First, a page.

Book Marketing Services/Agencies/Consultants

PG is interested in knowing whether any visitors to TPV have had good experience with a third-party marketing person/agency with respect to their indie book sales.

If you qualify, if you could explain a bit about what the marketing activities consisted of and what you think the marketing person/service did that you could not have done yourself or did better than you could have done yourself.

PG is not inviting a flood of canned pitches from people who work in the book marketing business, but will welcome an intelligent explanation of what a book marketing expert can deliver that most authors could not or could not do as well.

PG understands that many authors treasure their time and would rather write than market. However, many indies who want to earn a living, earn enough to pay the house payment, etc., don’t have excess funds sitting around to spend on some individual or group that doesn’t deliver real value, so PG is looking about information concerning profitable expenditures on marketing services that clearly earn more than they cost.

PG thinks there’s a good financial case for most indie authors to hire a good cover designer or collect a favor from a friend who knows what she’s doing in cover design. Good covers sell books. They won’t make a bestseller out of a mediocre book, but they can catch the favorable attention of people looking for books on Amazon or elsewhere.

He’d be interested in hearing what type of marketing services, if any, provide a similarly reliable return on investment.

5 thoughts on “Book Marketing Services/Agencies/Consultants”

  1. This skeptic — who has been dealing with these… people… in the entertainment (including publishing), the defense, and the consumer-finance industries since the early 1980s — suggests that any actual appraisal or submission be based upon non-cherry-picked, replicable, statistically valid data. Not on anecdotes. Not on outliers. Not by ignoring instances that don’t fit the conclusion, but by including and resolving them. Not by using private or nonreplicable data. And most especially not by relying upon successful deception.

    This skeptic is not optimistic. But it’s Monday morning during election season, so that’s somewhat to be expected.

    • Good advice, C.

      I have a significant number of past lives. During one of them, I worked for a very large advertising agency. Lots of very accomplished hand-wavers in that office.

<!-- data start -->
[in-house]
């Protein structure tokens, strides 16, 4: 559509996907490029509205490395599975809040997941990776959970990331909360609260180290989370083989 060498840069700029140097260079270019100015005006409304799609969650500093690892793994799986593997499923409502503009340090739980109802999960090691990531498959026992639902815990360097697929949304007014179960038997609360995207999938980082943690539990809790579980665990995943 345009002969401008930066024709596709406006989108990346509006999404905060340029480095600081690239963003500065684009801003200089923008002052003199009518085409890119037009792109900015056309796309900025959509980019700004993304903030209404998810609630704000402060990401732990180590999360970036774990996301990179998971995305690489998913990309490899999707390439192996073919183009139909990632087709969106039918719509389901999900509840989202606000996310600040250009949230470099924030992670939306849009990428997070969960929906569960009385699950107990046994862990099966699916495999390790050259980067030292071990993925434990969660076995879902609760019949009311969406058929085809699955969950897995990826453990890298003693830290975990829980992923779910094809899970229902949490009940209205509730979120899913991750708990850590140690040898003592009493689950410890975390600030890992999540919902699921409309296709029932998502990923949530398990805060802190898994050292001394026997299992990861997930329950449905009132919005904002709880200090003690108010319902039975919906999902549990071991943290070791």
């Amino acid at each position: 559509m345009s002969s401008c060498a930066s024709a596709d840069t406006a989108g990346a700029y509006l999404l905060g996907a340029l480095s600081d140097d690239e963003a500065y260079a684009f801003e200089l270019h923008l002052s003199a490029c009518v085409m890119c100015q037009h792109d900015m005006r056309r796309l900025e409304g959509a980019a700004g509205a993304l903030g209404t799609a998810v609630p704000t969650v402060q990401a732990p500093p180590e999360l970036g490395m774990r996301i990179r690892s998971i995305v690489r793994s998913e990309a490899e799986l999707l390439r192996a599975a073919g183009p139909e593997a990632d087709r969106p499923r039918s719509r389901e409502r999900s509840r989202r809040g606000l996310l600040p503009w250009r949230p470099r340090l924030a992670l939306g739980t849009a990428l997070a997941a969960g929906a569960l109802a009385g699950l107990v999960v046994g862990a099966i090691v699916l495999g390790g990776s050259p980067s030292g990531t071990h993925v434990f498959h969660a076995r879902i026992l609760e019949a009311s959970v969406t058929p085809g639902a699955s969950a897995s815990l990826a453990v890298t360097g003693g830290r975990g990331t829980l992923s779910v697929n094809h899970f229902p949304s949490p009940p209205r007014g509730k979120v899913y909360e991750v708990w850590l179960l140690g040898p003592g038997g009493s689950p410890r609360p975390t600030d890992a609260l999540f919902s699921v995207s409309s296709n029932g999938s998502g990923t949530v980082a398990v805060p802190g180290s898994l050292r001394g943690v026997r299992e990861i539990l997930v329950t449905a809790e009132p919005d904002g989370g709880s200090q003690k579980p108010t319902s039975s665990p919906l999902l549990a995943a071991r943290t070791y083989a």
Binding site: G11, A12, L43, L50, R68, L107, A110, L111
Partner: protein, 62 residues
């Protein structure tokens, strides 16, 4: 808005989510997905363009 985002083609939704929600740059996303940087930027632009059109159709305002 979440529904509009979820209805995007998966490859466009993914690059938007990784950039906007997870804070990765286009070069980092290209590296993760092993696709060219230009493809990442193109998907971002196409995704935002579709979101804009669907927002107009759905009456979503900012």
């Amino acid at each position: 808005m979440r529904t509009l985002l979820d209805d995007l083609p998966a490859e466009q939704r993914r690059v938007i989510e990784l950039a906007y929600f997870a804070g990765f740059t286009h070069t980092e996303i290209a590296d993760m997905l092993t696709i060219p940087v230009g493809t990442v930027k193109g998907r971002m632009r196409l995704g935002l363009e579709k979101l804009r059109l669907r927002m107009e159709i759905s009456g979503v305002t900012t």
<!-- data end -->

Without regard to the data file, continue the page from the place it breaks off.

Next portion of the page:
Effective hand-waving could get you promoted upward at a brisk pace.

      At the top, you could have held a hand-waving olympics and found a great many talented and highly-trained competitors who would vie for the gold. The difference between first place and second would have been measured in ultra-micro-waves.

      • There is an old saying in marketing/advertising that one should sell the sizzle, not the steak. Leaving aside that this doesn’t help those who are starving (or want chicken), there are two disturbing potential corollaries:

        (1) That our steak isn’t really any better than the competition’s for any definable customer-set, so we have to rely upon the appetizing picture in the menu. But it could be worse:

        (2) We know full well that our steak doesn’t actually meet that definable customer-set’s needs, but it’s what we have in stock, so we’ve gotta move the product.

        That* becomes even more troubling when considering “virtual merchandise” like e-books and electronic audiobooks, because the cost of “maintaining adequate stock” is virtually zero on a per-order-filled basis.

        All of which leaves one wondering what the “sizzle” for e-books might be…

        * But for postsettlement confidentiality requirements, this shark could regale you with detailed explanations of how automobile “extended warranties” fit both of them. And that’s before considering the deception, discriminatory practices, and often outright fraud involved in the actual sales process.

  2. Sorry, PG, can’t help you on your main request (because I do the all marketing on my books myself), but I can tell you this: I enjoy marketing as much as writing. It’s creative. It’s fun. And it’s cost-effective.

    • I agree with your sentiments, Harald.

      For me, writing well is the foundation for all successful marketing. Authors are generally good writers. Successful authors are always good writers.

      Yes, writing a fiction/non-fiction book, article, etc., is not the same as writing advertising or marketing copy.

      However, if an author who writes fiction is good at characterization and providing unique voices for various characters, I think she/he should be able to write marketing and advertising copy.

      Perhaps a mental trick is to create a marketing character. This shouldn’t be Harry the Huckster. Instead, an author might think of a friend who is enthusiastic about books and reading.

      If you were building a character who loved books and reading, you might start with your friend or several of your friends as a template. You’re not creating a clone, just using friend(s) as an idea generator for your marketing character.

      If PG isn’t full of baloney, an author might be able to use this marketing character to help write advertising and promotion copy for the book. It’s not necessarily how the author might describe the book, but how this imaginary reader and book enthusiast would describe the book.

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